As the Asian medical tourism market grows, governments want to map their countries in the industry by initiating committees and actions, as Thailand did recently. However in Japan the idea of an established medical tourism industry remains abstract.
Situated in the northeastern part of Asia, Japan is often seen as a land unto themselves. The area of Japan is equivalent of the size of California and its population, counting over 126 million Japanese, is spread on four main islands.
Winter wonderland, cherry blossom and Harajuku style; for most people Japan is a dream vacation spot, but even though Japan’s government is encouraging tourism to grow the language barrier remains a big turn off for travelers. Medical tourism on another hand is an industry to handle with caution in Japan. Besides being a very domestic corporate country, there is an important lack of enthusiasm from the population and the hospitals in welcoming foreigners.
In addition, compared to other Asian countries, the Japanese government creates the impression of giving lukewarm support to medical travel, combining hard efforts to be part of the medical tourism industry to cultural reticence.
SUPPORTING MEDICAL TOURISM
On the contrary, the Japan Medical and Health Center, branch of the Japan Travel Bureau, positions itself in favor of medical tourism. But, even though the JMHC has faith in the medical travel industry’s impact in Japan, as its General Manager and Founder Nobuyoshi Takahashi talks, the medical tourism remains a future concept as it is not set in the population mind yet.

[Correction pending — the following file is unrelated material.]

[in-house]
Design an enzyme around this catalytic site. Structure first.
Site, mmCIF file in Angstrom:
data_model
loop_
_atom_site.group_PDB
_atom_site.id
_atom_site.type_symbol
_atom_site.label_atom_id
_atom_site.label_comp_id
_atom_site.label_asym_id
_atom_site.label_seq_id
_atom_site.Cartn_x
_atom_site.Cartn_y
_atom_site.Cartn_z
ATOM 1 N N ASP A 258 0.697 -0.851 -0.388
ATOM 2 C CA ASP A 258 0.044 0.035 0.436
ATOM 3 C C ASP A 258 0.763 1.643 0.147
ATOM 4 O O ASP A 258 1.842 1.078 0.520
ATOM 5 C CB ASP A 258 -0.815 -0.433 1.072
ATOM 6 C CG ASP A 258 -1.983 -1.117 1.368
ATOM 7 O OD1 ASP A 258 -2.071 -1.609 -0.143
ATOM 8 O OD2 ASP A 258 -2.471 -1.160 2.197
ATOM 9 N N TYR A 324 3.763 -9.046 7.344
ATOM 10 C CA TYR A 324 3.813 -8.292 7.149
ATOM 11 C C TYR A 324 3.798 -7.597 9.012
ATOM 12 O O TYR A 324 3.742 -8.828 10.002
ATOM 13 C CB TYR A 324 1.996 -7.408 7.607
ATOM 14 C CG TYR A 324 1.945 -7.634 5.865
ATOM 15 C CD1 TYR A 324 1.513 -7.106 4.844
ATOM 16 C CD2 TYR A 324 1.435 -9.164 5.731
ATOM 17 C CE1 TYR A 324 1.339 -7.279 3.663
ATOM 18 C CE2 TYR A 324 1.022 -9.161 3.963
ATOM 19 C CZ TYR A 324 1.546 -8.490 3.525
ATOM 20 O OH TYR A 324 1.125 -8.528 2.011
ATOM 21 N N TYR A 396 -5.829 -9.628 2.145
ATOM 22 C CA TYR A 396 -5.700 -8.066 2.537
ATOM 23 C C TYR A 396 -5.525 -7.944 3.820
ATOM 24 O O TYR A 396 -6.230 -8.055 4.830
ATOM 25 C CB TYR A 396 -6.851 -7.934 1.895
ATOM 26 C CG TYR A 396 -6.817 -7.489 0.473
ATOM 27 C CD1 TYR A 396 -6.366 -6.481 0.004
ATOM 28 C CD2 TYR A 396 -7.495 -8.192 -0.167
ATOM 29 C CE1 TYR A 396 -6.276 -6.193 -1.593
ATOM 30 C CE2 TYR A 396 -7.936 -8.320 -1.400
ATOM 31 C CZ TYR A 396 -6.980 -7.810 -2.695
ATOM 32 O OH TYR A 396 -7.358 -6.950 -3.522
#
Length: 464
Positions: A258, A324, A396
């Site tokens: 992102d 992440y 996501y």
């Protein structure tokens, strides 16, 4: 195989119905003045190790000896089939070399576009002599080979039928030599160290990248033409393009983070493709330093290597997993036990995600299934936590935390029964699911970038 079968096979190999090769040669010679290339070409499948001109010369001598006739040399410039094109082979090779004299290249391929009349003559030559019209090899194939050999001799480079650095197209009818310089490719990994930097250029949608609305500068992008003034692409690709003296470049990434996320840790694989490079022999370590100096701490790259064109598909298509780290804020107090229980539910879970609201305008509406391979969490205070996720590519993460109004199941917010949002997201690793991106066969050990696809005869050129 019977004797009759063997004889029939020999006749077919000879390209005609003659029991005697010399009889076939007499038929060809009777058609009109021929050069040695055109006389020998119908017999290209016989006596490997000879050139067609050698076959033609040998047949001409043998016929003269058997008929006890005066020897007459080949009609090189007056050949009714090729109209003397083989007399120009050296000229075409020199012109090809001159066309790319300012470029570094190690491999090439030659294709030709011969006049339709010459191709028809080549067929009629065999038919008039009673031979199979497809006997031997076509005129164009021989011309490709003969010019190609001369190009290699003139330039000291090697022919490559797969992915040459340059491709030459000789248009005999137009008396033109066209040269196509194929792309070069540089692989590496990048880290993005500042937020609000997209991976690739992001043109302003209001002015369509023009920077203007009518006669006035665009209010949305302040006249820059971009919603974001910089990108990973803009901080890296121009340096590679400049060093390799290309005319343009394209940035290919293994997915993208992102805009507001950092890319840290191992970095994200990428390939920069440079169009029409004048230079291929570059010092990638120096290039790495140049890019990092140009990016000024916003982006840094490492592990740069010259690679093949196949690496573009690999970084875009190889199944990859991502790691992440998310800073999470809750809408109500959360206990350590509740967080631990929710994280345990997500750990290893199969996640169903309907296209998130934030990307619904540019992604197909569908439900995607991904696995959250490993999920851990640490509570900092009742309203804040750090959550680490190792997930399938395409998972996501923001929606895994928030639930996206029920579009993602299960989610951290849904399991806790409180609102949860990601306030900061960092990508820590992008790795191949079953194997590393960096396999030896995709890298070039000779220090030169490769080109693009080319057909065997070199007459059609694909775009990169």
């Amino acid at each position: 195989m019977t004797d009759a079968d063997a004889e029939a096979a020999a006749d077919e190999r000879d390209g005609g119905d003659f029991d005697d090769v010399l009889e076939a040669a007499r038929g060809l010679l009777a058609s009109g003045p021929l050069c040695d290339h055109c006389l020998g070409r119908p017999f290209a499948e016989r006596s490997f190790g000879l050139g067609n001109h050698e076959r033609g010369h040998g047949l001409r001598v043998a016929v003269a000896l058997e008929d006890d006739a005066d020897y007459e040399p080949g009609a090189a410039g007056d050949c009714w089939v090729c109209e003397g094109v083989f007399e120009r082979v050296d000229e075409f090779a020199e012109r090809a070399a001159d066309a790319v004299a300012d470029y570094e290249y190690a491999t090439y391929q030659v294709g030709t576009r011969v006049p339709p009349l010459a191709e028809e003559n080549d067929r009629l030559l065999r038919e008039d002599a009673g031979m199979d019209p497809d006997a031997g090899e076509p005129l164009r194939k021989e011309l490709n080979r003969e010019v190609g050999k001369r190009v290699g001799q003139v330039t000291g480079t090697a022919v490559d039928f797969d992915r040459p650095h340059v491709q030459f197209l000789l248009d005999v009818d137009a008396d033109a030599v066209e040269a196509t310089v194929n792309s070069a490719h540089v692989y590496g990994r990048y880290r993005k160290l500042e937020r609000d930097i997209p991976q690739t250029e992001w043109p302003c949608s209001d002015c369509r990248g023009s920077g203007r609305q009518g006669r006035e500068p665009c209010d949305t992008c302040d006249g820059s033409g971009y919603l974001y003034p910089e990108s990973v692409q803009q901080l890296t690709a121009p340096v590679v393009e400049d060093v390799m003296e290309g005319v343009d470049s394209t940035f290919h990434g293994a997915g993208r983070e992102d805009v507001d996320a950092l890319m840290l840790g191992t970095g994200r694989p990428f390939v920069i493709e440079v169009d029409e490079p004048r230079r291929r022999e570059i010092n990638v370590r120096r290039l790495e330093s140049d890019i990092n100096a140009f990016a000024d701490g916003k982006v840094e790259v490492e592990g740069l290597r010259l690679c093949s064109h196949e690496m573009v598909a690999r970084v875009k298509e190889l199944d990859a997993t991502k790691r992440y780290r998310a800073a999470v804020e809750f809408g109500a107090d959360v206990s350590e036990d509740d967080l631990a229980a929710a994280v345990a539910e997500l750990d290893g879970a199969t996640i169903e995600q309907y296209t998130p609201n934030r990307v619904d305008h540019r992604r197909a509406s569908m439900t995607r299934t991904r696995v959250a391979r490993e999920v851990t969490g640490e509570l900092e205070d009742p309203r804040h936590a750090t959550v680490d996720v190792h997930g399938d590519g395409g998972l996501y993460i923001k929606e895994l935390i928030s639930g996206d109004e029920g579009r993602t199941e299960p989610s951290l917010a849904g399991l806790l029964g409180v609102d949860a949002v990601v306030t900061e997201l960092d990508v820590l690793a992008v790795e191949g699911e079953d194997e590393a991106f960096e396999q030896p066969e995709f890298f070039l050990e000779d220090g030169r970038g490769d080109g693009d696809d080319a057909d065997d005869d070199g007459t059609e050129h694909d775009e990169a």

First of all the population is culturally hostile to foreigners. In essence, this animosity towards non-Japanese can be seen as a shield to preserve cultural purity and feed the belief of ethnocentricity. In addition, healthcare wise, Japanese fear that foreigners will have priority or a better treatment than they do, while the healthcare system is supported by the taxpayers. “Japanese citizens will accept this concept gradually as international interaction from a humanitarian and an industrial point of view,” assures Takahashi, “medical tourism will get popular in Japan.”
Far from being won, the government tries to draw the country‘s image as a tourism hub according to Takahashi. “The government developed this project as a new growth strategy, they’ve tried to do it so aggressively since last year, 2009, and the local governments tend to go with them.” But, according to John Wocher, Executive Vice President and Director of International Patient Services Kameda Medical Center, Chiba, Japan, the government is “rather neutral” and not really encouraging hospitals to step in the medical tourism industry.
Indeed, hospitals tend to opt for local rather than international accreditation. Besides not being fully informed about international accreditations, the costs implied are too high and the international criteria very different from the Japanese health system. According to Wocher, Japanese hospitals have no intention to undergo the long process of being JCI accredited, without a little help. (Read our article on Kameda Medical Center)